Geosurveillance Through the Mapping of Test Results: An Ethical Dilemma or Public Policy Solution?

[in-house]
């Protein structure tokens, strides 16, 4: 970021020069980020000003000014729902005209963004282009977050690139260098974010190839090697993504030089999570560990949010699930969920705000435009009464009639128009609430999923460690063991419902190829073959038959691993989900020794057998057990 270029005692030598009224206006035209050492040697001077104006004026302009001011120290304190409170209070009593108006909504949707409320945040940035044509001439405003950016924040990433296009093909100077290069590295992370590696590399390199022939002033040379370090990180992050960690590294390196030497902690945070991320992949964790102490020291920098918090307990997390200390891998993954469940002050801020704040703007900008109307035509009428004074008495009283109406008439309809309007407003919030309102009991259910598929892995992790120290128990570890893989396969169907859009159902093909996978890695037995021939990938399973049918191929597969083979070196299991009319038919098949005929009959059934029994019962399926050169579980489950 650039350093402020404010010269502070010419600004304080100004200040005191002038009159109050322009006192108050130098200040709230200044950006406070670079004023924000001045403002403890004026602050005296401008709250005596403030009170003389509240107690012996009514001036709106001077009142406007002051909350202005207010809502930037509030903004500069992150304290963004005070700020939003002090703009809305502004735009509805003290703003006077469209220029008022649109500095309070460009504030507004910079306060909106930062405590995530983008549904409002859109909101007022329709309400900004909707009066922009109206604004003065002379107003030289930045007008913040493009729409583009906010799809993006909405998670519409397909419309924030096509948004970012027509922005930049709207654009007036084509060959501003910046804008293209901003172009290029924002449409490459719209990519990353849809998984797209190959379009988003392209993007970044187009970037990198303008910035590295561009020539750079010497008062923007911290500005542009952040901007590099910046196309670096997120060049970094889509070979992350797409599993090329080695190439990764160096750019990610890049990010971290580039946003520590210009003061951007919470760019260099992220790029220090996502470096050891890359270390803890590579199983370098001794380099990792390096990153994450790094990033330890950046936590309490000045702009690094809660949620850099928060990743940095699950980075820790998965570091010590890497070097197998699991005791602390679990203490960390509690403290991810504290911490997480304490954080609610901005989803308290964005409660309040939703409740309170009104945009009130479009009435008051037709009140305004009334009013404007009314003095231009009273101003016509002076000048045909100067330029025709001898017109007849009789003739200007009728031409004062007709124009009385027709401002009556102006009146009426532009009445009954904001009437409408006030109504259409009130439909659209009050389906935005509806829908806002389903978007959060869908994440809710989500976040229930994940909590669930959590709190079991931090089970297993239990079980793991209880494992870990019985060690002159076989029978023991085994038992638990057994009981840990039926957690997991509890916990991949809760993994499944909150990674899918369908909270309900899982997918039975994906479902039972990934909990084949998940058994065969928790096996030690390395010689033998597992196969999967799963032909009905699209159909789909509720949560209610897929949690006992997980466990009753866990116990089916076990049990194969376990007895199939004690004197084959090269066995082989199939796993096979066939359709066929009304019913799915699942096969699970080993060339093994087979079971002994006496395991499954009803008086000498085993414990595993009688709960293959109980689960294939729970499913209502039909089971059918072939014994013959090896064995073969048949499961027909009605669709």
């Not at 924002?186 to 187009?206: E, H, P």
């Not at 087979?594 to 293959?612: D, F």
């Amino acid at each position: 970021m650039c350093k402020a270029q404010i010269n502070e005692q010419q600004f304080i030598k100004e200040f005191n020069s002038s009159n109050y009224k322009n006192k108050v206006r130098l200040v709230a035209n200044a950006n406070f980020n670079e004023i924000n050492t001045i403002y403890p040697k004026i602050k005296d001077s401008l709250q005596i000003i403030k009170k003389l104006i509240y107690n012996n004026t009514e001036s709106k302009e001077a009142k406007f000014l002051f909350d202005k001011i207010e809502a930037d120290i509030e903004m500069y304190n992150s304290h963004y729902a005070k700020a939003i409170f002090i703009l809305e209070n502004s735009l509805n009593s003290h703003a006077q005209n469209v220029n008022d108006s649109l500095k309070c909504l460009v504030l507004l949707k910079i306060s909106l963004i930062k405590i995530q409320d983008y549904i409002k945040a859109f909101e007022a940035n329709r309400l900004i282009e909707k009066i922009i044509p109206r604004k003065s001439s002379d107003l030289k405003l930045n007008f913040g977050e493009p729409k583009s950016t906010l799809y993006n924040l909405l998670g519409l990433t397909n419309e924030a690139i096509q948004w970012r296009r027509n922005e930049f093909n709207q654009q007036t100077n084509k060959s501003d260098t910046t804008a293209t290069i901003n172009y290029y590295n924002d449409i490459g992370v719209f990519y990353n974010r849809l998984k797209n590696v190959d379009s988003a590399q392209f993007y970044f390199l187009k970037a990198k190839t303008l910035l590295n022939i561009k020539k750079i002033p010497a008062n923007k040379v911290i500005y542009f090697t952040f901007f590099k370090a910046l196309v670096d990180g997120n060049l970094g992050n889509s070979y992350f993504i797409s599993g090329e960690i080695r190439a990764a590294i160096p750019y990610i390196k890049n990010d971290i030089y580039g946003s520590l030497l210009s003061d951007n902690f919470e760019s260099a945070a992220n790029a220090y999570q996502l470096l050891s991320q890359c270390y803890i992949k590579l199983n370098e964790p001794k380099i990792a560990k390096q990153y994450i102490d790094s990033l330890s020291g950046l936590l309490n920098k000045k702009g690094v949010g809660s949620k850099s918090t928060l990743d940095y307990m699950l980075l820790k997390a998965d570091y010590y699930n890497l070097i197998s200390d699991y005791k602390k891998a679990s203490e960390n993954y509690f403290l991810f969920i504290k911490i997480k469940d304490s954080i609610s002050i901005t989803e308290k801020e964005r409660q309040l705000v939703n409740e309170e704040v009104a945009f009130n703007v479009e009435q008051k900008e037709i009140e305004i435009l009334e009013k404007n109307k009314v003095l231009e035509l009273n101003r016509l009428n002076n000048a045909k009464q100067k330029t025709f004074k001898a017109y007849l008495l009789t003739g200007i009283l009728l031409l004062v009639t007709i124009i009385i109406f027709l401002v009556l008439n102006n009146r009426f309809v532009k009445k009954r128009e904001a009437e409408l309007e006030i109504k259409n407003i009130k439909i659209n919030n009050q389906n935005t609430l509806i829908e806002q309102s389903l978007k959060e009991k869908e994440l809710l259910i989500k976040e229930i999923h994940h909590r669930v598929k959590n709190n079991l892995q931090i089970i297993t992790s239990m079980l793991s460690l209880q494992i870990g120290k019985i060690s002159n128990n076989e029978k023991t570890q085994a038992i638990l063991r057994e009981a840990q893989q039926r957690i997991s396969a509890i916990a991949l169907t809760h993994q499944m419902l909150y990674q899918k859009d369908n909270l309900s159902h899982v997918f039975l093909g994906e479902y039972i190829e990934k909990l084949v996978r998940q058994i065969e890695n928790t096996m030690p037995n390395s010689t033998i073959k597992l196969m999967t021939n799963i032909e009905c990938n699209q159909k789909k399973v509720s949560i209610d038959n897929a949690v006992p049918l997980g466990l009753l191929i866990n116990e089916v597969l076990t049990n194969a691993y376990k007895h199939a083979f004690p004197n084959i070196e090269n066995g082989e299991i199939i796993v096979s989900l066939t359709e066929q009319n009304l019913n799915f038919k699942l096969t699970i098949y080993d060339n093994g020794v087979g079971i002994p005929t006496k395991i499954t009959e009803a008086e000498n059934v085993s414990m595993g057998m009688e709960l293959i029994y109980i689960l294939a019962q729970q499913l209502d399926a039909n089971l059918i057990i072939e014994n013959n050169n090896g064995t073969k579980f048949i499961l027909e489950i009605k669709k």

AbstractIn 1997, the Ontario Provincial Government, through the Education Quality and Accountability Office (EQAO) introduced mandatory standardized testing for grades three and six in Public Elementary Schools as the beginning of a process of public accountability and excellence in education. Proponents for this method of evaluation argued that such procedures were valuable to teachers, schools and the community at large since they would inform teaching and learning. However, in an era of cutback and neoliberal reforms public education like many other public services has increasingly become associated with corporate values related to accountability, efficiency and competition. A review of over 140 articles from 1997 to 2004 reveals a fiercely contested terrain slowly evolving over the years. One of the consequences of these debates was the unintended spatial ramifications linked to neighbourhood identities that were further exacerbated by the way the results were interpreted. For example, discourse analysis demonstrates how the release of test results to the public over the last few years has encouraged an audit culture leading to the labelling of low and high performance schools and to the further social polarization of certain neighbourhoods. In this paper I explore whether the role of Geographical Information Systems (GIS) often criticized as a disciplinary tool could be flipped around and used as an empowering tool instead. To contextualize findings from the discourse analysis, a three-stage GIS placebased approach explores test results taking into account the particularities of each school, civic links and locality characteristics. The context in which these changes (e.g. dismantling of pedagogical infrastructure) unfold reveal the slippages that occur at various scalar levels yet simultaneously considers the ethical implications for the communities involved.
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